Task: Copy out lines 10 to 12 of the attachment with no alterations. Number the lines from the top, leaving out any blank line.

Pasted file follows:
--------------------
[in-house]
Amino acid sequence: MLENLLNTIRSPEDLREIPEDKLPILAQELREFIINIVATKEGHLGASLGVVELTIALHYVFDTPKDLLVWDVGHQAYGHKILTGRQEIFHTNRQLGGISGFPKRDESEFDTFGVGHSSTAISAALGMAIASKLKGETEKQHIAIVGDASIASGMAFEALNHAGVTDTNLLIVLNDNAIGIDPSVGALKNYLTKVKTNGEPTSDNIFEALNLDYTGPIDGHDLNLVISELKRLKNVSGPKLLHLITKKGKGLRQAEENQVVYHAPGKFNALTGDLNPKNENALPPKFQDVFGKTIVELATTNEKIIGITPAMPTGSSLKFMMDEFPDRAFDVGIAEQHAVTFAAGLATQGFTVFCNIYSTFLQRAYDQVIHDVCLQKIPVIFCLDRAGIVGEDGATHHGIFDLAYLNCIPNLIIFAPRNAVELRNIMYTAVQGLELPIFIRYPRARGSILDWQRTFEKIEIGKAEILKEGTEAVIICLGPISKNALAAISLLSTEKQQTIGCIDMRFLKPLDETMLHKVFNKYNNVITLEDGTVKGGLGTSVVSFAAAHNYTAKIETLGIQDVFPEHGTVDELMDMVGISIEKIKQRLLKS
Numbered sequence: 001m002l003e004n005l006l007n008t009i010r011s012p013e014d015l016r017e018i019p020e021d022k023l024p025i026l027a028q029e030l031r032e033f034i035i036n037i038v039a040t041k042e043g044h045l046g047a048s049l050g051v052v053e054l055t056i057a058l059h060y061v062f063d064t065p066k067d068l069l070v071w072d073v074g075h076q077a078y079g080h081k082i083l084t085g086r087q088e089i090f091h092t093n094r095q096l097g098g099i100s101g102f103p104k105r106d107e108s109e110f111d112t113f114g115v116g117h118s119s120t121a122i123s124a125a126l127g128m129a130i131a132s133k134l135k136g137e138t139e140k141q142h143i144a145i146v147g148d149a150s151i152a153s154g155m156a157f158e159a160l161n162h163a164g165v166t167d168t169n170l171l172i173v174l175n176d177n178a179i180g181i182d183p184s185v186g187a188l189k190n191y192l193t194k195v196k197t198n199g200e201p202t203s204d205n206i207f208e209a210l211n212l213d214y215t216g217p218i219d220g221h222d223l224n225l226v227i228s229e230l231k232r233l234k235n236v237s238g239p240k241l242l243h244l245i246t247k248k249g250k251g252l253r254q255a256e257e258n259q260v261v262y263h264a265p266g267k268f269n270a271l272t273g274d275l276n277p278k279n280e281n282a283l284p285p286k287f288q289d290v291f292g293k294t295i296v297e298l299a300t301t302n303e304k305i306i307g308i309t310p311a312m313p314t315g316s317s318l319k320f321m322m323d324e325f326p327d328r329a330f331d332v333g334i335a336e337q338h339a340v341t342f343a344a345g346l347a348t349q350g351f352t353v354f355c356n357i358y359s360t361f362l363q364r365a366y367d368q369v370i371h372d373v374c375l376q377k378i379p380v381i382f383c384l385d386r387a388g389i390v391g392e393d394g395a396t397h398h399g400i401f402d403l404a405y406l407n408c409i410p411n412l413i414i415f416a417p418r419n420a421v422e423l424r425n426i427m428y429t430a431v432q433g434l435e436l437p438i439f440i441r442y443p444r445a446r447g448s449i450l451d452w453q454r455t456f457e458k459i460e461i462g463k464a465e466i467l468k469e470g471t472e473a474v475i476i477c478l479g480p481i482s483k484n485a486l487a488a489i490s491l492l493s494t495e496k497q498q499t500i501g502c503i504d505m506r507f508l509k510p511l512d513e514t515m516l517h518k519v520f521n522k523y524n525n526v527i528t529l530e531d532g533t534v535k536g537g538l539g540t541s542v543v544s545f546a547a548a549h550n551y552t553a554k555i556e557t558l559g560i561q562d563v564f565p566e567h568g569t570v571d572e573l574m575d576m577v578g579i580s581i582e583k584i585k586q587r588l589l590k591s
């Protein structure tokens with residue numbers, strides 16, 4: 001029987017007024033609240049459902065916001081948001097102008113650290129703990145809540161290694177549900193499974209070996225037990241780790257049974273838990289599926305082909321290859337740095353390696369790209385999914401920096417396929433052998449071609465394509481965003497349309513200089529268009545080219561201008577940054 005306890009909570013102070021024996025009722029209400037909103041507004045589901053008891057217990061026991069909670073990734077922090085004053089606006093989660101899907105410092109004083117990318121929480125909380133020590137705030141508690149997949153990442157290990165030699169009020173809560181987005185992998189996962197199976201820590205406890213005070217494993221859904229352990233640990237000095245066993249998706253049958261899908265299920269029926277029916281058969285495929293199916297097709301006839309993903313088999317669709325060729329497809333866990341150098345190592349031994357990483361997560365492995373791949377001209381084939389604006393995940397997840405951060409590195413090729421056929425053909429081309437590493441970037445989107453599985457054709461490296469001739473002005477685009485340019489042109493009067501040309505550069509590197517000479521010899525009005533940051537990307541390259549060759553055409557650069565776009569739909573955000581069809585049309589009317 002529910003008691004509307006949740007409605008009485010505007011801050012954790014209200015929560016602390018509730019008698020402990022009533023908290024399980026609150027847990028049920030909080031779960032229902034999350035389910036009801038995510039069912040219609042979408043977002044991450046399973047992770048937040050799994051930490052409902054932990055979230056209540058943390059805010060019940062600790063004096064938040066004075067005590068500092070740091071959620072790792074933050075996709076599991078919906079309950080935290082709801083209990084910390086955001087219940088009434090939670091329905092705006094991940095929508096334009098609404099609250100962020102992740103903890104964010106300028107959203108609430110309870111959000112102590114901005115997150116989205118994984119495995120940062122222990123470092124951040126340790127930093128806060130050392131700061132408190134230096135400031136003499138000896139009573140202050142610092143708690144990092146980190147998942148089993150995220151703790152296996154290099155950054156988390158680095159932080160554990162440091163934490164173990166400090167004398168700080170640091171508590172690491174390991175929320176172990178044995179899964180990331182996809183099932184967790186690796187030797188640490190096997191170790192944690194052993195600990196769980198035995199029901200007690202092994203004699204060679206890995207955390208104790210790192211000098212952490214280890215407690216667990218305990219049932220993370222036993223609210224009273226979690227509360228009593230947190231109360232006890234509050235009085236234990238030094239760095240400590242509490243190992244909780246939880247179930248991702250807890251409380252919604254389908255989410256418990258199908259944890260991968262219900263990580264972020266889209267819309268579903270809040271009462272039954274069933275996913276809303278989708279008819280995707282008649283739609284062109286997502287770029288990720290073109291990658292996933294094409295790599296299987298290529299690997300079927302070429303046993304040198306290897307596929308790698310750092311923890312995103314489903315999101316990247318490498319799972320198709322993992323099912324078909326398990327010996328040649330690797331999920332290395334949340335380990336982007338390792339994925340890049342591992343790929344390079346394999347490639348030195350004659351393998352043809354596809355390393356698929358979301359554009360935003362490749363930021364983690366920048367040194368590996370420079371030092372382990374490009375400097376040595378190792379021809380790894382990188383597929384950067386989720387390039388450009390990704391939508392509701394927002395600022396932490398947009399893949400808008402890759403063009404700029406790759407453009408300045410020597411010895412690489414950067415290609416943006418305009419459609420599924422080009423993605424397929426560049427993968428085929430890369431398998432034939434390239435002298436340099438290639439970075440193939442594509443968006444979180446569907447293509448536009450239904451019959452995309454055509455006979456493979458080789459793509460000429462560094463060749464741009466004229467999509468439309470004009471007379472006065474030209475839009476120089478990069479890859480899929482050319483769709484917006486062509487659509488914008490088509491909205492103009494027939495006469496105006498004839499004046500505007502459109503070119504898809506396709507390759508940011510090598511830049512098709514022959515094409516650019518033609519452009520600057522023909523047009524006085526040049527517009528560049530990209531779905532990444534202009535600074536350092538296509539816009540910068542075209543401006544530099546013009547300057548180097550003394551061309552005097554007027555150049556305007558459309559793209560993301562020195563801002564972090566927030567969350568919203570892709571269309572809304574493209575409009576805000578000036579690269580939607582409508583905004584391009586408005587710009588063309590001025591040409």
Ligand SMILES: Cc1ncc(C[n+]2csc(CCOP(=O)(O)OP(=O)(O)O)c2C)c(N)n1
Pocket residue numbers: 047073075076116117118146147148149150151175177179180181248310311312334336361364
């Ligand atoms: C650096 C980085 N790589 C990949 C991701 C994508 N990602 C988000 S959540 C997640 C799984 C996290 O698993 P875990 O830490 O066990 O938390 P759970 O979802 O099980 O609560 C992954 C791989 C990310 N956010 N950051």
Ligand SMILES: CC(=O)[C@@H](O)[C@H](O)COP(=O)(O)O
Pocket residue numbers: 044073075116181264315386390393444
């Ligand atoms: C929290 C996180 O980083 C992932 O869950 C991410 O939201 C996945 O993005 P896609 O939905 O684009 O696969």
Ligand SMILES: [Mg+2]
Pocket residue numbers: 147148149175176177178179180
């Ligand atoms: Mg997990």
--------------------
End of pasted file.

């Ligand atoms: C929290 C996180 O980083 C992932 O869950 C991410 O939201 C996945 O993005 P896609 O939905 O684009 O696969």
Ligand SMILES: [Mg+2]
Pocket residue numbers: 147148149175176177178179180